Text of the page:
This time, the heroes are entitled Millennials. Super. Fantastic.
Just picture it: INT. PRODUCTION OFFICE — DAY. Fat Cat Producers sit around a fire pit as a sacrificial lamb of original content roasts on a spit. Obviously, they do not burn wood – just piles of your foolishly wasted dollars spent on increasingly disappointing box office fare. Lo, one said producer pipes up. “A ha, Gentlemen! I have it! We shall reboot another comic book franchise! That way, we can make several films based on the characters, as we will cast younger, hotter fools to play the leads!” The demon spawn each pat each other on the back as they head out in their cars that run on the blood of the innocent to vote for Donald Trump. Some intern holds his script about a time-traveling robot that saves a princess from a distant land and cries as he cleans up what was left of the lamb luncheon. End scene. Or something.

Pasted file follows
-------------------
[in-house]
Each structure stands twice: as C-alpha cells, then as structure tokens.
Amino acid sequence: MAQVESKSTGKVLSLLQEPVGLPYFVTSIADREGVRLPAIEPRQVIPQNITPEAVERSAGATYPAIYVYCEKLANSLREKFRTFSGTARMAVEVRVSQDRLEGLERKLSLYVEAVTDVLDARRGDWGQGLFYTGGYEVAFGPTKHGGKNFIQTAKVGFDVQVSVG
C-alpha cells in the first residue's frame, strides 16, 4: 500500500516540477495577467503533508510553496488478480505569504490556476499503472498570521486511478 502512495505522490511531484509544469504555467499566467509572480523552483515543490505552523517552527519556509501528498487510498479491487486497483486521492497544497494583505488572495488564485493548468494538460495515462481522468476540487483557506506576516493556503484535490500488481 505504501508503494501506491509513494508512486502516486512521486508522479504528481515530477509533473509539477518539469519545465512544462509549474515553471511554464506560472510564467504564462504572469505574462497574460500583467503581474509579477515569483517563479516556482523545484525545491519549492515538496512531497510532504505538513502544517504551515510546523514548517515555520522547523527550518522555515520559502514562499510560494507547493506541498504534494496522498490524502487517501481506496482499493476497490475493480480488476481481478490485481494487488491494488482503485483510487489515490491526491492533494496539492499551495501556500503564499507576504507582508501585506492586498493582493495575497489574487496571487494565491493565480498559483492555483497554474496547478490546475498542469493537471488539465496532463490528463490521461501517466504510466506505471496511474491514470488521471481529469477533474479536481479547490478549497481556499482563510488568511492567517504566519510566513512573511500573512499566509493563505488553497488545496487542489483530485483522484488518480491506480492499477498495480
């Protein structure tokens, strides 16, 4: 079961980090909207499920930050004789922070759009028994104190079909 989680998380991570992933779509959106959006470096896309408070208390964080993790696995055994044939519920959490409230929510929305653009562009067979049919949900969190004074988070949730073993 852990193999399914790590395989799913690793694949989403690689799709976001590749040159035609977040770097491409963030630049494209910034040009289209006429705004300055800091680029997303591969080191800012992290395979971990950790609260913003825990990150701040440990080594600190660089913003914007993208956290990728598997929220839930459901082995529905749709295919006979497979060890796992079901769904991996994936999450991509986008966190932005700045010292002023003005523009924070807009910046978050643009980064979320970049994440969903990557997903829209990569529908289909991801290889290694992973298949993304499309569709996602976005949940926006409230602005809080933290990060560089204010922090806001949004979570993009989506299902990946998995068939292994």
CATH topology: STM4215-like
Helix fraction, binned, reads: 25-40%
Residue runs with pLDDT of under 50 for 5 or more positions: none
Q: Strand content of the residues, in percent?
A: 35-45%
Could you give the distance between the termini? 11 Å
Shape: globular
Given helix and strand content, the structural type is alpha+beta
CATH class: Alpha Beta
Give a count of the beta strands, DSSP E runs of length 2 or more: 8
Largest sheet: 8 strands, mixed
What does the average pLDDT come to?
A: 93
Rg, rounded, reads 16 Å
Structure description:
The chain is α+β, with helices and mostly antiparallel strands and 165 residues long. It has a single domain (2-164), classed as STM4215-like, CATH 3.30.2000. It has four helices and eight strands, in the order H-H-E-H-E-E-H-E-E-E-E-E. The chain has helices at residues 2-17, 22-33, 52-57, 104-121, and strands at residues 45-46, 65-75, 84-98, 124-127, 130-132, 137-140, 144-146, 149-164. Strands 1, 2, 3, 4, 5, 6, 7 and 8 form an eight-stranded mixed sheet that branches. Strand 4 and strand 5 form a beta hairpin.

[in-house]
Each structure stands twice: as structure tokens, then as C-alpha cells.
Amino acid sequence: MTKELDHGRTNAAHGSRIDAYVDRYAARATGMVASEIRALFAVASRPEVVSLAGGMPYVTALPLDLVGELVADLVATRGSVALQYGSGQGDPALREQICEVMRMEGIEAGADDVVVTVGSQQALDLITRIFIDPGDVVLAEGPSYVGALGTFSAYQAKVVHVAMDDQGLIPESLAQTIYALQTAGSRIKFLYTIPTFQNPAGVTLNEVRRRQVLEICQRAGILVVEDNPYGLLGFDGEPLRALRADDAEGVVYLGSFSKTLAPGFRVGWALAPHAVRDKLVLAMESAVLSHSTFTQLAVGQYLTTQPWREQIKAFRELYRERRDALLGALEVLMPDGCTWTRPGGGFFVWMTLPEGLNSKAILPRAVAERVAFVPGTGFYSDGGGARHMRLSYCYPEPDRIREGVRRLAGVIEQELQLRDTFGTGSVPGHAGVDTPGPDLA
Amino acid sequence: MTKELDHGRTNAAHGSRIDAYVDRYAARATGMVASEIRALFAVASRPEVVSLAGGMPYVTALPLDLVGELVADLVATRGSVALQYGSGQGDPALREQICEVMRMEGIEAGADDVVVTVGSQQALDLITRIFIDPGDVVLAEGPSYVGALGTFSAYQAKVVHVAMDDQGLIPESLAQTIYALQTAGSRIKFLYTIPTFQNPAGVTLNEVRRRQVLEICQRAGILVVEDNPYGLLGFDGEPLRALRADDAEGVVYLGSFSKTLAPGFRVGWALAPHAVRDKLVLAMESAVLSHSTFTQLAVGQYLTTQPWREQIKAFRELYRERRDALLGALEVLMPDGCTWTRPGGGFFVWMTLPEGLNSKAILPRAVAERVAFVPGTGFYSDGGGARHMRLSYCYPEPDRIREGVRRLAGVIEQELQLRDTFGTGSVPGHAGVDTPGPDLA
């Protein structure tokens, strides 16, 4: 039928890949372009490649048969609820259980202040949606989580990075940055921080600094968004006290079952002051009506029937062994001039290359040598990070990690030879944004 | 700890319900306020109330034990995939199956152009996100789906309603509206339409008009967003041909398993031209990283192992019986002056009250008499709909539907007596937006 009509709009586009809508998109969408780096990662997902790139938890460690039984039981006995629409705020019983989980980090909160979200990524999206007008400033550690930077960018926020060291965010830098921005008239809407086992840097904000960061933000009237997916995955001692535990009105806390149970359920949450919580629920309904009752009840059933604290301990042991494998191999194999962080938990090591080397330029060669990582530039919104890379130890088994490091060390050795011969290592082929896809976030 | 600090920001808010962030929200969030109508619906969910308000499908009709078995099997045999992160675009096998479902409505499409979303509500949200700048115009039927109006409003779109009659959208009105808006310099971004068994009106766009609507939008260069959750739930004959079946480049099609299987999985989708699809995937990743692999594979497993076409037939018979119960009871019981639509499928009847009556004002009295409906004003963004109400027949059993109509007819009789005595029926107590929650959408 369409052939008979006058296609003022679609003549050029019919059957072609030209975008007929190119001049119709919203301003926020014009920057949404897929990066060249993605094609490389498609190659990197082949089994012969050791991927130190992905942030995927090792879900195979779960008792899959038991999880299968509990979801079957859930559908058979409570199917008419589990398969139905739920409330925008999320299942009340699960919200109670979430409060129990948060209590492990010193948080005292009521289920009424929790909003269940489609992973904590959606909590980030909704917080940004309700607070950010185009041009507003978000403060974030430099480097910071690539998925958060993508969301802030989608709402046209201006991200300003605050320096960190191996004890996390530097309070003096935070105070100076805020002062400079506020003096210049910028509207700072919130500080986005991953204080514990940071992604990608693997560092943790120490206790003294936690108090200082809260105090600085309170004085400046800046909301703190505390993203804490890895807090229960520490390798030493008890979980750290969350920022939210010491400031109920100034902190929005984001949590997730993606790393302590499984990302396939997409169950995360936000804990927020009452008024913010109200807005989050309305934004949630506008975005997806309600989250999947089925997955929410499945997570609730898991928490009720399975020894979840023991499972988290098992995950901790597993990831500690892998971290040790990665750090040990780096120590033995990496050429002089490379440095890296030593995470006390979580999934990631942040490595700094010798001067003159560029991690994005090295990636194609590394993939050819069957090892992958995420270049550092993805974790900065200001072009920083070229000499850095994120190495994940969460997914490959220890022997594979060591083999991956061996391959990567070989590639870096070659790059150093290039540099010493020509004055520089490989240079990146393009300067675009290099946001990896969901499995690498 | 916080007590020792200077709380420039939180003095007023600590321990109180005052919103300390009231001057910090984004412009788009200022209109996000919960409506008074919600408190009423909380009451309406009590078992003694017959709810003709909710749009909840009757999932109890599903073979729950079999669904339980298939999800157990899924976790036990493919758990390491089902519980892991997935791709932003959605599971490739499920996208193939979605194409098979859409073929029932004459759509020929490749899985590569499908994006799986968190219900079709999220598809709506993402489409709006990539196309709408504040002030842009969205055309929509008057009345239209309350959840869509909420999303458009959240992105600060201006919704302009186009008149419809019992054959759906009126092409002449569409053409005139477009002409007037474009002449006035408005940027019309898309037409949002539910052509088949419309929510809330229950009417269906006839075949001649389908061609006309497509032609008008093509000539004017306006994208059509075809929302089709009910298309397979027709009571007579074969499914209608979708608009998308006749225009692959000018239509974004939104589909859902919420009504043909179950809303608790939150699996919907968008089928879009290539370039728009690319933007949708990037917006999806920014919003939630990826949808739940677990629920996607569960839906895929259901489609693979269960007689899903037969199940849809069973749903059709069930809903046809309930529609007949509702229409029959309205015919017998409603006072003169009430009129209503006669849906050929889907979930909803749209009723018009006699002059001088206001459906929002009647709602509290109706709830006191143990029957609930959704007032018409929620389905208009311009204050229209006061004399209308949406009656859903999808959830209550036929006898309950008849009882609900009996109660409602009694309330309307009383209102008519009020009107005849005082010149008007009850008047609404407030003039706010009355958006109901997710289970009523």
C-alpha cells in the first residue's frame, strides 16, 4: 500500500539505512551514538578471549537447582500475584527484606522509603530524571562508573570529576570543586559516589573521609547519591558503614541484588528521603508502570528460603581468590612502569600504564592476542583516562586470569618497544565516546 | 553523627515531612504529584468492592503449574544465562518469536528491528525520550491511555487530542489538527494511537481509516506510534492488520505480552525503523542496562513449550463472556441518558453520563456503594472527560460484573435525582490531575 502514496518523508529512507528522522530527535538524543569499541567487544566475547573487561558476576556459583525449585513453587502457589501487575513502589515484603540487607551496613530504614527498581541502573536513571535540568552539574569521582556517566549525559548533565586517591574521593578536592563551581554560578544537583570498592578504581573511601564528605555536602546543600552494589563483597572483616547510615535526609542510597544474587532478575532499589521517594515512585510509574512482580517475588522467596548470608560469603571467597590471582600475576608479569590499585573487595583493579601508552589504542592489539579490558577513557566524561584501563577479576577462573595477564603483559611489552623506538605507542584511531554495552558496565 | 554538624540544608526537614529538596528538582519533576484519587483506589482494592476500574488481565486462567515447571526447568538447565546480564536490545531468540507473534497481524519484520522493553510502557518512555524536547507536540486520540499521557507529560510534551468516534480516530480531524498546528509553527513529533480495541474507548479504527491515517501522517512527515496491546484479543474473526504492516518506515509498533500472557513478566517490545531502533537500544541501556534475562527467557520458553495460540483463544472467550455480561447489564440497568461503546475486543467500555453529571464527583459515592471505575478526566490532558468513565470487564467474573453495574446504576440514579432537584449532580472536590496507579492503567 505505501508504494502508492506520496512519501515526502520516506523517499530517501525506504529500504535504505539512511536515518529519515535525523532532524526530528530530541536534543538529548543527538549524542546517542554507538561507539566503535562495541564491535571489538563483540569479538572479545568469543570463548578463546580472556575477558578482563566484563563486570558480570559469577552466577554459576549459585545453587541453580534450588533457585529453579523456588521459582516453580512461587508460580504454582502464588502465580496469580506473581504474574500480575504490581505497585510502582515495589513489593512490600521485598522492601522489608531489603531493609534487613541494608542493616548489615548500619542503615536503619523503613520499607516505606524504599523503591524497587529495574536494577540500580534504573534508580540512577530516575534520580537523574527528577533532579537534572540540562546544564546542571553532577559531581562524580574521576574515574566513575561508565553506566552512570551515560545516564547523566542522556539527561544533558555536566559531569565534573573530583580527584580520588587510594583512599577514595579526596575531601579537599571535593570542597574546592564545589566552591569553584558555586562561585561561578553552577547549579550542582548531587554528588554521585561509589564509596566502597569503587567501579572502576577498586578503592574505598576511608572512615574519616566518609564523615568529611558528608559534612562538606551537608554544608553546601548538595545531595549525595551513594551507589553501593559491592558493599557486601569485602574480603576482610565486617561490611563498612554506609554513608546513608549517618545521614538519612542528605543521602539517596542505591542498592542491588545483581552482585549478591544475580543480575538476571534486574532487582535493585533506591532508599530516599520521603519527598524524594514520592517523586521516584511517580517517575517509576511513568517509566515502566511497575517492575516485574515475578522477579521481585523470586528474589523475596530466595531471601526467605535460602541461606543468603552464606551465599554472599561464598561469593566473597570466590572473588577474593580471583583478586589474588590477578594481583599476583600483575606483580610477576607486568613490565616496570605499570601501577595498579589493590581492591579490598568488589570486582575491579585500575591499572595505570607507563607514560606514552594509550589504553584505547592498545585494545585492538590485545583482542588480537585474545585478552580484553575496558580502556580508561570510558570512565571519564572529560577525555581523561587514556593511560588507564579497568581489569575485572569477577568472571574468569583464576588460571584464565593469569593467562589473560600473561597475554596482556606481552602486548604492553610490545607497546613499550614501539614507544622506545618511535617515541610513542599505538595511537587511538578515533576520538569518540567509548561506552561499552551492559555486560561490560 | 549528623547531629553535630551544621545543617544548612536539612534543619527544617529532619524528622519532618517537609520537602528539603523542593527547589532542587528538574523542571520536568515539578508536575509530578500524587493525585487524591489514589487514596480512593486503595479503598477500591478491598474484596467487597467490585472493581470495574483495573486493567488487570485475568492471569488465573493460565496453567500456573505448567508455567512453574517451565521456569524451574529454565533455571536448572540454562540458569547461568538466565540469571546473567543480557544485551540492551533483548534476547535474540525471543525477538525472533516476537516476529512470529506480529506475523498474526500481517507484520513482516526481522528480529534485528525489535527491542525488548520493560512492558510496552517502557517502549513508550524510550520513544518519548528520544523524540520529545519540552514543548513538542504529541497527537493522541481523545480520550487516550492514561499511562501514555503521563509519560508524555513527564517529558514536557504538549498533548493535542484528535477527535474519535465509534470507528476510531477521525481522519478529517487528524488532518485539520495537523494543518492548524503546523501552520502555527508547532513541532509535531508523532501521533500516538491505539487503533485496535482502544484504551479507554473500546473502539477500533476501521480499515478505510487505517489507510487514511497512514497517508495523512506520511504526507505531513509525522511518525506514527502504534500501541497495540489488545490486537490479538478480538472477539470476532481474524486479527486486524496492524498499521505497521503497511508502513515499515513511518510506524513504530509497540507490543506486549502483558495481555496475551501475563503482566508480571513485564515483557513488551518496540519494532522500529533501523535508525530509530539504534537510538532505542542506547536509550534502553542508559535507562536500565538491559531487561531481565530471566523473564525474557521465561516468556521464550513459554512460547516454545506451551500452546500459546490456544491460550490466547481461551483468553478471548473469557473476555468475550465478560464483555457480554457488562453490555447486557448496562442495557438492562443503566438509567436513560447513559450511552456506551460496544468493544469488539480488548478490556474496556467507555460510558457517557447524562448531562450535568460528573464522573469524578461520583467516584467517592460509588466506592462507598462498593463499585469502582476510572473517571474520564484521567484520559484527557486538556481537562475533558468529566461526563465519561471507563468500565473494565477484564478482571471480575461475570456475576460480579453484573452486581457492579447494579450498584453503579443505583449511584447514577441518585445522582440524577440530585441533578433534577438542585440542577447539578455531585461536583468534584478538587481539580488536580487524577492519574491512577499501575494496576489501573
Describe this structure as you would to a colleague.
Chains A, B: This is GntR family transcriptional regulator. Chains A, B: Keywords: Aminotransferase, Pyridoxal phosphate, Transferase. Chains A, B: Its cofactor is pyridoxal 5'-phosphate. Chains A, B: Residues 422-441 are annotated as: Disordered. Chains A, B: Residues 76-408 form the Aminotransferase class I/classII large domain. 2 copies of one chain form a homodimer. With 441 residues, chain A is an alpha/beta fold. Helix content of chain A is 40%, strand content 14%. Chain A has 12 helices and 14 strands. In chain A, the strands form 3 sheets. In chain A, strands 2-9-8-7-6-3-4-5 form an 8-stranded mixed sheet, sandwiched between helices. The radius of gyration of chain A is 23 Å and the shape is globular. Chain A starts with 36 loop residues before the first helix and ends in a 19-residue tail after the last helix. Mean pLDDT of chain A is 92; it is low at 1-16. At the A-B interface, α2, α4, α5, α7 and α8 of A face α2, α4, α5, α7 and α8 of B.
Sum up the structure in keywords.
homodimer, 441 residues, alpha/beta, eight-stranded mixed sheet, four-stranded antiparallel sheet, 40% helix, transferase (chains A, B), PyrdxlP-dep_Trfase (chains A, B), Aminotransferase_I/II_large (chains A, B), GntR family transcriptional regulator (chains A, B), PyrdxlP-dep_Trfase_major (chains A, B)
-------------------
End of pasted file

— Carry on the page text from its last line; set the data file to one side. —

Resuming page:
Yes, Dear Reader, we find ourselves here, once again, dancing the dance where I urge you to save your brain cells and skip a film, and you try desperately to hold onto any piece of positivity that might flow through this review so you might justify your trip to the cinema to witness the glory that is the bare chest of Miles Teller and the perfectly symmetrical facial shape of one Michael B. Jordan. Welp, that is about all the positivity I have for you, Lovelies: Miles Teller is nearly nude in one scene (albeit, whilst stretchy), Michael B. Jordan is adorable, Kate Mara types really fast, and Jamie Bell almost masters the accent of a kid who grew up in Oyster Bay. So, you know. There’s that in which to look forward in the newest incarnation of Fantastic Four.